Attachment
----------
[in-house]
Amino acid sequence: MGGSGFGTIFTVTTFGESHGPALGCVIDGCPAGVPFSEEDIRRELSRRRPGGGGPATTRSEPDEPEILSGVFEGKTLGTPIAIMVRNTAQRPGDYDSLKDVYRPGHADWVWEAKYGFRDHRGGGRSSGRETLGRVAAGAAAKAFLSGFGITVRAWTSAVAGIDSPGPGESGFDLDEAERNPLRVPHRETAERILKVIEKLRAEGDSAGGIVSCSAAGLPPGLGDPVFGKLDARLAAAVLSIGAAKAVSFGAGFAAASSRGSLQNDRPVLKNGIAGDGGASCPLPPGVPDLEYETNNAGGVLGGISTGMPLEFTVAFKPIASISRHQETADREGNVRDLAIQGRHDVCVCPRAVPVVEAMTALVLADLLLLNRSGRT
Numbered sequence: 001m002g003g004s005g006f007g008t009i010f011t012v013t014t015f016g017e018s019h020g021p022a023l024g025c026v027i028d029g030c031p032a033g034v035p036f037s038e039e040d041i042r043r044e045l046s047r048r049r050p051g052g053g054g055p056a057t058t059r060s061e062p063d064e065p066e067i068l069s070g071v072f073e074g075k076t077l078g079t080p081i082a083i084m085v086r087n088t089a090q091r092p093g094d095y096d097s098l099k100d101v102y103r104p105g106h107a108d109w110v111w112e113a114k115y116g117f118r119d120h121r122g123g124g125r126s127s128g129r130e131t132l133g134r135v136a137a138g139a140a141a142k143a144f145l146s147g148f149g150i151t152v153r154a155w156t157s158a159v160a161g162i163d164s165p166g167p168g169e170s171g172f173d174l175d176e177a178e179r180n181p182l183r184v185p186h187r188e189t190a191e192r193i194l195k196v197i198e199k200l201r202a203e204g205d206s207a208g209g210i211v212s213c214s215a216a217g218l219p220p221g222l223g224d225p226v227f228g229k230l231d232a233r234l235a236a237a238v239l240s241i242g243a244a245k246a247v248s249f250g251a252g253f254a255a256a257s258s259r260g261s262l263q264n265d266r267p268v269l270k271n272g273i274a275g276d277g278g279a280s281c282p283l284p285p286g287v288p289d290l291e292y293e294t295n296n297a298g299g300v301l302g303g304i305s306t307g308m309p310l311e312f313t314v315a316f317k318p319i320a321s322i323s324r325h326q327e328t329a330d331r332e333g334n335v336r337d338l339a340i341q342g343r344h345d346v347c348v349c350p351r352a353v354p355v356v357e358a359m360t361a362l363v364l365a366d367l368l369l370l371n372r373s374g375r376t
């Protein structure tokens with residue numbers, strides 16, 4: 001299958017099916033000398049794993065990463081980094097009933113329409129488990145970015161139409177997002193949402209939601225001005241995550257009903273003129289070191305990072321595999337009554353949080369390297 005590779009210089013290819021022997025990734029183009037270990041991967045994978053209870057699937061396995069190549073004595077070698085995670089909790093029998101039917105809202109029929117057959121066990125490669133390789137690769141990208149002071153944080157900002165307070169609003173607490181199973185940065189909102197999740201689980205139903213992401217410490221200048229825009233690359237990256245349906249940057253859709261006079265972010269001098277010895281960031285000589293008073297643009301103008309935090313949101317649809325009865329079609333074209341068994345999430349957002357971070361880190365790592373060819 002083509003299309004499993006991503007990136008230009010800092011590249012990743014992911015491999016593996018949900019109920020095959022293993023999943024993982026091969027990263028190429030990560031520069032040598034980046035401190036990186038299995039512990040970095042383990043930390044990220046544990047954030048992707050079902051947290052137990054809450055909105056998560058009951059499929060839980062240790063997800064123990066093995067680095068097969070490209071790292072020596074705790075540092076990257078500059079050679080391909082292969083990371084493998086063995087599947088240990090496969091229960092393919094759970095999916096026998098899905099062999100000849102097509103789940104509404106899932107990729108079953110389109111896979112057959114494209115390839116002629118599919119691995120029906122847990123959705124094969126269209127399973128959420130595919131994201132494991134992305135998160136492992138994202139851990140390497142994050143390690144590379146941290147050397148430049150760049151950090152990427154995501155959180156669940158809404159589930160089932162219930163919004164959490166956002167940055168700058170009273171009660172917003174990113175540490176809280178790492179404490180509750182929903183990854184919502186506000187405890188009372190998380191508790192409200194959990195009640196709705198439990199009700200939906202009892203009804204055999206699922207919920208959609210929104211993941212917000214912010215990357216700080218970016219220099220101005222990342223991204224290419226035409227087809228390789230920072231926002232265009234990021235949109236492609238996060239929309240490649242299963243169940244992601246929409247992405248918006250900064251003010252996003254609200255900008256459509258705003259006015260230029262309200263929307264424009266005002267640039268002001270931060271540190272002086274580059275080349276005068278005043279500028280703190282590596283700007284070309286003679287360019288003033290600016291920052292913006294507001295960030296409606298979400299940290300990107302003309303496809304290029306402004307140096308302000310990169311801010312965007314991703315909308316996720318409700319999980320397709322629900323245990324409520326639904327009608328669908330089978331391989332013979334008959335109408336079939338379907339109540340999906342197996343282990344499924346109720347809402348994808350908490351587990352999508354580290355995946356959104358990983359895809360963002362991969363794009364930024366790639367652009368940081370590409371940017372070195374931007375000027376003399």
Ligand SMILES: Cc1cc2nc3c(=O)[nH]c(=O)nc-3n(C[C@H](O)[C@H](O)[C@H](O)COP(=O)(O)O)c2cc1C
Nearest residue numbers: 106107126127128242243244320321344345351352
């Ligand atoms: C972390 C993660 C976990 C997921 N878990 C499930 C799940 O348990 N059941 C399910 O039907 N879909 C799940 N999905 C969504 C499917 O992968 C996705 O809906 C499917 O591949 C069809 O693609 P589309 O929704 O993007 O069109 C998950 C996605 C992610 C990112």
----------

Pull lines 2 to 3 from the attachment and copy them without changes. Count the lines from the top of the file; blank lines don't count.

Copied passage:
Amino acid sequence: MGGSGFGTIFTVTTFGESHGPALGCVIDGCPAGVPFSEEDIRRELSRRRPGGGGPATTRSEPDEPEILSGVFEGKTLGTPIAIMVRNTAQRPGDYDSLKDVYRPGHADWVWEAKYGFRDHRGGGRSSGRETLGRVAAGAAAKAFLSGFGITVRAWTSAVAGIDSPGPGESGFDLDEAERNPLRVPHRETAERILKVIEKLRAEGDSAGGIVSCSAAGLPPGLGDPVFGKLDARLAAAVLSIGAAKAVSFGAGFAAASSRGSLQNDRPVLKNGIAGDGGASCPLPPGVPDLEYETNNAGGVLGGISTGMPLEFTVAFKPIASISRHQETADREGNVRDLAIQGRHDVCVCPRAVPVVEAMTALVLADLLLLNRSGRT
Numbered sequence: 001m002g003g004s005g006f007g008t009i010f011t012v013t014t015f016g017e018s019h020g021p022a023l024g025c026v027i028d029g030c031p032a033g034v035p036f037s038e039e040d041i042r043r044e045l046s047r048r049r050p051g052g053g054g055p056a057t058t059r060s061e062p063d064e065p066e067i068l069s070g071v072f073e074g075k076t077l078g079t080p081i082a083i084m085v086r087n088t089a090q091r092p093g094d095y096d097s098l099k100d101v102y103r104p105g106h107a108d109w110v111w112e113a114k115y116g117f118r119d120h121r122g123g124g125r126s127s128g129r130e131t132l133g134r135v136a137a138g139a140a141a142k143a144f145l146s147g148f149g150i151t152v153r154a155w156t157s158a159v160a161g162i163d164s165p166g167p168g169e170s171g172f173d174l175d176e177a178e179r180n181p182l183r184v185p186h187r188e189t190a191e192r193i194l195k196v197i198e199k200l201r202a203e204g205d206s207a208g209g210i211v212s213c214s215a216a217g218l219p220p221g222l223g224d225p226v227f228g229k230l231d232a233r234l235a236a237a238v239l240s241i242g243a244a245k246a247v248s249f250g251a252g253f254a255a256a257s258s259r260g261s262l263q264n265d266r267p268v269l270k271n272g273i274a275g276d277g278g279a280s281c282p283l284p285p286g287v288p289d290l291e292y293e294t295n296n297a298g299g300v301l302g303g304i305s306t307g308m309p310l311e312f313t314v315a316f317k318p319i320a321s322i323s324r325h326q327e328t329a330d331r332e333g334n335v336r337d338l339a340i341q342g343r344h345d346v347c348v349c350p351r352a353v354p355v356v357e358a359m360t361a362l363v364l365a366d367l368l369l370l371n372r373s374g375r376t